Sylvester fears what could happen with him back in classes and in the community. She fears people now don’t know his background or the allegations against him. She fears he will come back for his master’s degree or as a faculty member after he completes his bachelor's degree.
When Parker returned to classes in 2017 after his initial suspension, IU jazz alumni Hannah Marks, Ellie Pruneau, Tanner Guss and Evan Main were among a group of students who signed a petition to Jacobs leadership expressing that they disagreed with Parker being allowed back. They wrote how the few women in the department felt uncomfortable.
Many of those who signed the petition used to be close friends with Parker. Once they heard about the allegations, they said they each eventually came to believe them through conversations with Parker, Ostlund and others.
“It is guaranteed to us that all students are protected and have an environment where we feel safe and secure to pursue our studies,” the petition said. “We are more than uncomfortable being around Chris Parker — we are angry, saddened, offended, and distressed.”
The petition raised concerns that there was a group of students who were unhappy about Parker’s return, jazz studies department chair Thomas Walsh said, but he was allowed to be an IU student at this time. The department’s job was to balance and address students’ concerns, he said, while maintaining that it had no role in the disciplinary process.
When students first found out about Parker’s return in 2017 after the first suspension, Pruneau said she and other women in the department were worried about performing with him in the top ensemble. She said the department’s response was to take all of the female rhythm section players out of Brent Wallarab’s jazz ensemble and place them into a less-prestigious ensemble.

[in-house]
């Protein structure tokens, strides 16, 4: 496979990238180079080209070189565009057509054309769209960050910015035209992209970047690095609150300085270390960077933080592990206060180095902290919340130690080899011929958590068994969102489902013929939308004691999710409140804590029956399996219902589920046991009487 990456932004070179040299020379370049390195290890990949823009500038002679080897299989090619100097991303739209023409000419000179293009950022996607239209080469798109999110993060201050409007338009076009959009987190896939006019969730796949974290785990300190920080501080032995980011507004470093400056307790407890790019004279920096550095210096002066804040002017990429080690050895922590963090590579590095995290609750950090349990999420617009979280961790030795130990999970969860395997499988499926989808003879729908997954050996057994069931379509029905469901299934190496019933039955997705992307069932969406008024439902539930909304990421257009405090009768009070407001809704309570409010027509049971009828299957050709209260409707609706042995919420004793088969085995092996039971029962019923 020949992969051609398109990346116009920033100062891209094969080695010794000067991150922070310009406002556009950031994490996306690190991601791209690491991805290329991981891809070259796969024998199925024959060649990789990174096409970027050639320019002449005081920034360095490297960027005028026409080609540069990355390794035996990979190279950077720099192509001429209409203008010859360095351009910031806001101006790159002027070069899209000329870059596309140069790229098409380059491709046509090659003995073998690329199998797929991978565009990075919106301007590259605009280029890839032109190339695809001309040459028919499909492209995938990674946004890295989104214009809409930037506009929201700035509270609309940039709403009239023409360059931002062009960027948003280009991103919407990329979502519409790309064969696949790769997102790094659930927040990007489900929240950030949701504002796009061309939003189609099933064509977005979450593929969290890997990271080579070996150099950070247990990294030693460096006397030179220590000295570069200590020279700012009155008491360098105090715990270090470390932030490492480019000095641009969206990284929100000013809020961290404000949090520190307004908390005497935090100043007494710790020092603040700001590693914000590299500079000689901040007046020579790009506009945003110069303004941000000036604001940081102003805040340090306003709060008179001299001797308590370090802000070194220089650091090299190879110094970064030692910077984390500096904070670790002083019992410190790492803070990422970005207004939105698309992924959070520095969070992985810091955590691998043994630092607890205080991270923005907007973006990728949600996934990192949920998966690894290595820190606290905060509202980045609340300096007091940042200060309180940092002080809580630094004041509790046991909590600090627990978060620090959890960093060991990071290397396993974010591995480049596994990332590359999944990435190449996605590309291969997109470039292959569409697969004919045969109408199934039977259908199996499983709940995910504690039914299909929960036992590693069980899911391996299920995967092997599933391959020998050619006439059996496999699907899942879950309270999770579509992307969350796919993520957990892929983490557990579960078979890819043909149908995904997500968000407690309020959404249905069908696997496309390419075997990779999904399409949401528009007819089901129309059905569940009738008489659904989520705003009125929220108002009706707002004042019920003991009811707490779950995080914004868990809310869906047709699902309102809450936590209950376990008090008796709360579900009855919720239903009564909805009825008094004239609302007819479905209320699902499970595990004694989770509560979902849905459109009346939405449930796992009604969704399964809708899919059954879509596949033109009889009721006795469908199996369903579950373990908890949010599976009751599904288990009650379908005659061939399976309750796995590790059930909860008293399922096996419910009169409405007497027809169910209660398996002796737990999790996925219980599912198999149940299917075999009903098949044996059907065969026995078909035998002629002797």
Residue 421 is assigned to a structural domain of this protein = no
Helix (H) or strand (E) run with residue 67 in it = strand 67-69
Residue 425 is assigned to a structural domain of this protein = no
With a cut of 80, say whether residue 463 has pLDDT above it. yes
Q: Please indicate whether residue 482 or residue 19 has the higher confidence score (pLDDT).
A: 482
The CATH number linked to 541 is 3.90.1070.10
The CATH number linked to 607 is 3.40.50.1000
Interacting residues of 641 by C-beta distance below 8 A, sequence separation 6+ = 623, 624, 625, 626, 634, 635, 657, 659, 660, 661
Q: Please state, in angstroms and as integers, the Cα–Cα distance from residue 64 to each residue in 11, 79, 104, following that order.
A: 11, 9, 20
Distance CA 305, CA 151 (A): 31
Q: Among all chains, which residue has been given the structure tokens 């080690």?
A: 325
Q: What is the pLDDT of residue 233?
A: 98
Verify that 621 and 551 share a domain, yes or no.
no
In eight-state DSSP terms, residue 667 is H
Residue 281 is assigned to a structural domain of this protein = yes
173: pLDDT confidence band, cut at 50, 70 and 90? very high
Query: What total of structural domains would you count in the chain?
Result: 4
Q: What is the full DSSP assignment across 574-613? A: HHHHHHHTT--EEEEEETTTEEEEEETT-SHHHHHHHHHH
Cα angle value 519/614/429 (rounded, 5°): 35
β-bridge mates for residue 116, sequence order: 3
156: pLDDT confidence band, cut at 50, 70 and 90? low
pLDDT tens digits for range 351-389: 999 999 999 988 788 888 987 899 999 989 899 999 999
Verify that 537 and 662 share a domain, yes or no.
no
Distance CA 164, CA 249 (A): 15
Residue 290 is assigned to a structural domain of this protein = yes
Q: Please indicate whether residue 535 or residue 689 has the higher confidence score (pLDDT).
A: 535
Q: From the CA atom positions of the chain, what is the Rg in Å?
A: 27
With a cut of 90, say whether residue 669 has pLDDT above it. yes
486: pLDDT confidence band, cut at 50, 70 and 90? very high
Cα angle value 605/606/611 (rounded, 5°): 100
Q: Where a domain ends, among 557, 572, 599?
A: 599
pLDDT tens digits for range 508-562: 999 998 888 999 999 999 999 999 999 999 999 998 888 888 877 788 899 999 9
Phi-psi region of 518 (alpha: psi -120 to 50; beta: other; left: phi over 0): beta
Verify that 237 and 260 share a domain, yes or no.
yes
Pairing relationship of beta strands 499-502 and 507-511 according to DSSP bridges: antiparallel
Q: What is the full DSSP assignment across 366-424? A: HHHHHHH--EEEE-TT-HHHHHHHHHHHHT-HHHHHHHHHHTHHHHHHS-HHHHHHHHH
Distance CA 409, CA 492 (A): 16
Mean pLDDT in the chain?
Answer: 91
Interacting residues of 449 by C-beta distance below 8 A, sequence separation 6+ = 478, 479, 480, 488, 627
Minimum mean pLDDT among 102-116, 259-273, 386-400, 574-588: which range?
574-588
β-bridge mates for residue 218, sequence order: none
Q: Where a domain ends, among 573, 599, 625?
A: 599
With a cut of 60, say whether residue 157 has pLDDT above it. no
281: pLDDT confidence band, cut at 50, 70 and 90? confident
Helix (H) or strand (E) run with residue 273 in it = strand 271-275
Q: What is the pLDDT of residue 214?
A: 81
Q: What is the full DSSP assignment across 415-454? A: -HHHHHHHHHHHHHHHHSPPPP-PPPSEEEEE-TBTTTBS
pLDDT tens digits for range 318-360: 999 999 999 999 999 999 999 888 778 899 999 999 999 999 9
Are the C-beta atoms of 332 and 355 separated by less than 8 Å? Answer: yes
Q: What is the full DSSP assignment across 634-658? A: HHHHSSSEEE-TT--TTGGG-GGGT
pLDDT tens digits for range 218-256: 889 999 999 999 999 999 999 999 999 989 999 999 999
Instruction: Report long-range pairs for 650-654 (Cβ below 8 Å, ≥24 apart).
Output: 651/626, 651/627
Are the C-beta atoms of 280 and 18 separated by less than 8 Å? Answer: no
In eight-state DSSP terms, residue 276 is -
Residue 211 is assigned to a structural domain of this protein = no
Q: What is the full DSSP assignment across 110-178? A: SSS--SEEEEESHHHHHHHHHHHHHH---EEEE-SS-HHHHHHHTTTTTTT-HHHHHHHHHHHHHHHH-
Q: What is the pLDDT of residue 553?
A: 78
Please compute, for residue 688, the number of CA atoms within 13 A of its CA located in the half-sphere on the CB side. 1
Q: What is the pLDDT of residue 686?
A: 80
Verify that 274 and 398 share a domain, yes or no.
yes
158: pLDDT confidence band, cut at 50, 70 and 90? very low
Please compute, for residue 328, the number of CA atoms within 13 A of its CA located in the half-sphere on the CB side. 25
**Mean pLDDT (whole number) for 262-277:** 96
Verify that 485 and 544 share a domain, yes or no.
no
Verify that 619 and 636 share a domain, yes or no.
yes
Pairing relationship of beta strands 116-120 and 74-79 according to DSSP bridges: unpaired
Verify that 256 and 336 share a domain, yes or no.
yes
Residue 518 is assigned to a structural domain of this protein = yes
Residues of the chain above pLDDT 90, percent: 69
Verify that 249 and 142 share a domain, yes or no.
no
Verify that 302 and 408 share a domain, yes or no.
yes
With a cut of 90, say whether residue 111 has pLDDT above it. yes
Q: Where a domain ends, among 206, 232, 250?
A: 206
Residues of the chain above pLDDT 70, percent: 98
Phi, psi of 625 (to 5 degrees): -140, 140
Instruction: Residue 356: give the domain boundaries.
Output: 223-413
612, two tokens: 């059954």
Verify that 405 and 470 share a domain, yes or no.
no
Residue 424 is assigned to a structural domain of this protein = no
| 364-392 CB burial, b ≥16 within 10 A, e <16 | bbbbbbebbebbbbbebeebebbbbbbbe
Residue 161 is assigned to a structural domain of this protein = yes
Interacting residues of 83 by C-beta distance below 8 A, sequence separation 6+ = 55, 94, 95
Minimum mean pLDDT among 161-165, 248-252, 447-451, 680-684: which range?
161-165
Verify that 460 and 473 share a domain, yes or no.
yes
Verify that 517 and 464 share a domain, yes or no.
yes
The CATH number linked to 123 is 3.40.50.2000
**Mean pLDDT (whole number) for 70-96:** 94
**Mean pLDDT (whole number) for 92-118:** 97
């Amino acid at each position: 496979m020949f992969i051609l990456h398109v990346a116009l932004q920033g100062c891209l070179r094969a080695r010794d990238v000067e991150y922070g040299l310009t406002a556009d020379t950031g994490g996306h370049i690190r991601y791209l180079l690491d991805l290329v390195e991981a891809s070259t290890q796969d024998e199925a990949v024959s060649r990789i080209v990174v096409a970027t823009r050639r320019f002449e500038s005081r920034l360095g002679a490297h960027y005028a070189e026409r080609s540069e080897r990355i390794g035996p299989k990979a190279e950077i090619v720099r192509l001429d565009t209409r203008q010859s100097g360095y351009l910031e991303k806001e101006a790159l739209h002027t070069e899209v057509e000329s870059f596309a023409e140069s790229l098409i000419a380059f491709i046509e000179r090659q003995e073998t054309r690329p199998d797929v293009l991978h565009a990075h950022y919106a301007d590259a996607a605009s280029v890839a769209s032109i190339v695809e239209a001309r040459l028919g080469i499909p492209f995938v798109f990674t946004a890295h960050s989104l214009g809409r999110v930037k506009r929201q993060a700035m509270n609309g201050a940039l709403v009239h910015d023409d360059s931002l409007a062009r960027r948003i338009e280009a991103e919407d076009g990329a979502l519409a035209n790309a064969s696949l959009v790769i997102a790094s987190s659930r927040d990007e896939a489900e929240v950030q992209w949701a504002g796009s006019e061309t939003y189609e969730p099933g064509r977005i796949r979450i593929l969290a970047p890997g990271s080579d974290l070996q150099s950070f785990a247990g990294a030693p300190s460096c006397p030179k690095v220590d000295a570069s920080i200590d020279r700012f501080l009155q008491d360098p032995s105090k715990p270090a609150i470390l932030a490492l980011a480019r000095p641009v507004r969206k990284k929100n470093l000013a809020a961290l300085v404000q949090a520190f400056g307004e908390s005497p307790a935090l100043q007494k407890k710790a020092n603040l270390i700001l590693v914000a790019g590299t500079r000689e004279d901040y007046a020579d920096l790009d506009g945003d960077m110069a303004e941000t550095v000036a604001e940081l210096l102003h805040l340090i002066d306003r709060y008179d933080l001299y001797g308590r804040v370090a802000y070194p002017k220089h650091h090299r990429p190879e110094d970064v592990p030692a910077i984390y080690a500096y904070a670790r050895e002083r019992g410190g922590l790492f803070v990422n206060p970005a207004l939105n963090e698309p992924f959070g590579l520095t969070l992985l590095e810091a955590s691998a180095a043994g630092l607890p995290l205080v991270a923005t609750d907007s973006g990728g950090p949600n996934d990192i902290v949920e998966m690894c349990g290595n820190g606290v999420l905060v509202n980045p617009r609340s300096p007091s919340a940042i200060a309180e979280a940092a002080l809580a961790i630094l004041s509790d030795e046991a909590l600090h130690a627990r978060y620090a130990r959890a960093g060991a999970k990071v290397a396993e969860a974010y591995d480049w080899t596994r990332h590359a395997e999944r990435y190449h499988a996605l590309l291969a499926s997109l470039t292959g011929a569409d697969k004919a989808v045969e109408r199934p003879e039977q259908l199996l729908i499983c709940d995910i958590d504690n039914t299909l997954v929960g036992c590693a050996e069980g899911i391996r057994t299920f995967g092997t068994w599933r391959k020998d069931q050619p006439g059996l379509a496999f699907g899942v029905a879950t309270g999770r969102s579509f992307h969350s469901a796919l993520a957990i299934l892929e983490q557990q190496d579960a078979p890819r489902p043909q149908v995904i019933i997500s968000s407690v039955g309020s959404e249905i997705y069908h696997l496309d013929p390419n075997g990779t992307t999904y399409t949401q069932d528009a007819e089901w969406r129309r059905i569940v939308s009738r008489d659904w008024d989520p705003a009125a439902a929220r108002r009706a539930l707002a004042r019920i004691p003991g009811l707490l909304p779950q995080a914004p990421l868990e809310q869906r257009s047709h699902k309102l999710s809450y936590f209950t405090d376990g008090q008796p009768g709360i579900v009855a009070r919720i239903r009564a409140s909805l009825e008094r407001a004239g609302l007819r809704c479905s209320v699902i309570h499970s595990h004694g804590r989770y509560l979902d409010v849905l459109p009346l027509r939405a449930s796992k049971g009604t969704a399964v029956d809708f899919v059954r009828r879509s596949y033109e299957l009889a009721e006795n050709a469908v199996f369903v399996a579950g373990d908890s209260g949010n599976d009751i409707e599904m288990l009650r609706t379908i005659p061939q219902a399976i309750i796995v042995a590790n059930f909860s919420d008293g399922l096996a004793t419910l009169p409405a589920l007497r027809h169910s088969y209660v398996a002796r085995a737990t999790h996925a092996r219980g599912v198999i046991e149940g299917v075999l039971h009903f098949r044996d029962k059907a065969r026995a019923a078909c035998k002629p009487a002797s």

When they complained about the ensemble arrangements, Pruneau said they were told the new arrangement was a better fit. Shortly after, Parker was suspended for the second time, but the ensembles stayed the same. She said she felt the decision sacrificed female students’ learning experiences to avoid problems with Parker.
Walsh said every student has a right to be in the program. But when other students were upset and didn’t want to be in the same classroom as Parker, he said the new ensemble, the Art of the Song, was already being created, which served as a solution and an opportunity to work with a new faculty member.
“We felt like, at the time, we were giving them an assignment that they would enjoy and appreciate,” Walsh said. “It didn't work out the way we hoped.”